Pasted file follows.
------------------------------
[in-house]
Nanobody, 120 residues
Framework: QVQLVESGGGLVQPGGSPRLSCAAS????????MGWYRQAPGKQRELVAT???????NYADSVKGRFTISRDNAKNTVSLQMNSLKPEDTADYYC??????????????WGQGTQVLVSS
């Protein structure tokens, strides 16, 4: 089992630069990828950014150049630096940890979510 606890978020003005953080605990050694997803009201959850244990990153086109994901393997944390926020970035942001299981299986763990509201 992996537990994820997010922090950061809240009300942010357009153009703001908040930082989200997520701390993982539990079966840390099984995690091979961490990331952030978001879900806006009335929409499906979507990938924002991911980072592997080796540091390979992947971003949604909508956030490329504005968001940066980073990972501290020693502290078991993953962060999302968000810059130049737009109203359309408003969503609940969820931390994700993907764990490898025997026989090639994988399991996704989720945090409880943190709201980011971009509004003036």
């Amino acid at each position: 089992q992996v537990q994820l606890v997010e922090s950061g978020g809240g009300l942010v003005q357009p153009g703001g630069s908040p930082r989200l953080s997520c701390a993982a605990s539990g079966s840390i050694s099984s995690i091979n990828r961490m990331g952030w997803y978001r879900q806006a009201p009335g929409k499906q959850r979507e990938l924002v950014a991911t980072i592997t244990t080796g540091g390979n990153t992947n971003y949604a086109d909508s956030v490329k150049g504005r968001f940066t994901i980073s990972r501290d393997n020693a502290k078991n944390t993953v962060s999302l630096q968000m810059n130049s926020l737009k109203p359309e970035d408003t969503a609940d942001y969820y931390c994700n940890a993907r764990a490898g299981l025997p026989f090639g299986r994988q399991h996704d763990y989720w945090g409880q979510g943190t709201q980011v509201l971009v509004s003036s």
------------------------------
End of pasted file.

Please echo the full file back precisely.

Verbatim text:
[in-house]
Nanobody, 120 residues
Framework: QVQLVESGGGLVQPGGSPRLSCAAS????????MGWYRQAPGKQRELVAT???????NYADSVKGRFTISRDNAKNTVSLQMNSLKPEDTADYYC??????????????WGQGTQVLVSS
């Protein structure tokens, strides 16, 4: 089992630069990828950014150049630096940890979510 606890978020003005953080605990050694997803009201959850244990990153086109994901393997944390926020970035942001299981299986763990509201 992996537990994820997010922090950061809240009300942010357009153009703001908040930082989200997520701390993982539990079966840390099984995690091979961490990331952030978001879900806006009335929409499906979507990938924002991911980072592997080796540091390979992947971003949604909508956030490329504005968001940066980073990972501290020693502290078991993953962060999302968000810059130049737009109203359309408003969503609940969820931390994700993907764990490898025997026989090639994988399991996704989720945090409880943190709201980011971009509004003036």
């Amino acid at each position: 089992q992996v537990q994820l606890v997010e922090s950061g978020g809240g009300l942010v003005q357009p153009g703001g630069s908040p930082r989200l953080s997520c701390a993982a605990s539990g079966s840390i050694s099984s995690i091979n990828r961490m990331g952030w997803y978001r879900q806006a009201p009335g929409k499906q959850r979507e990938l924002v950014a991911t980072i592997t244990t080796g540091g390979n990153t992947n971003y949604a086109d909508s956030v490329k150049g504005r968001f940066t994901i980073s990972r501290d393997n020693a502290k078991n944390t993953v962060s999302l630096q968000m810059n130049s926020l737009k109203p359309e970035d408003t969503a609940d942001y969820y931390c994700n940890a993907r764990a490898g299981l025997p026989f090639g299986r994988q399991h996704d763990y989720w945090g409880q979510g943190t709201q980011v509201l971009v509004s003036s």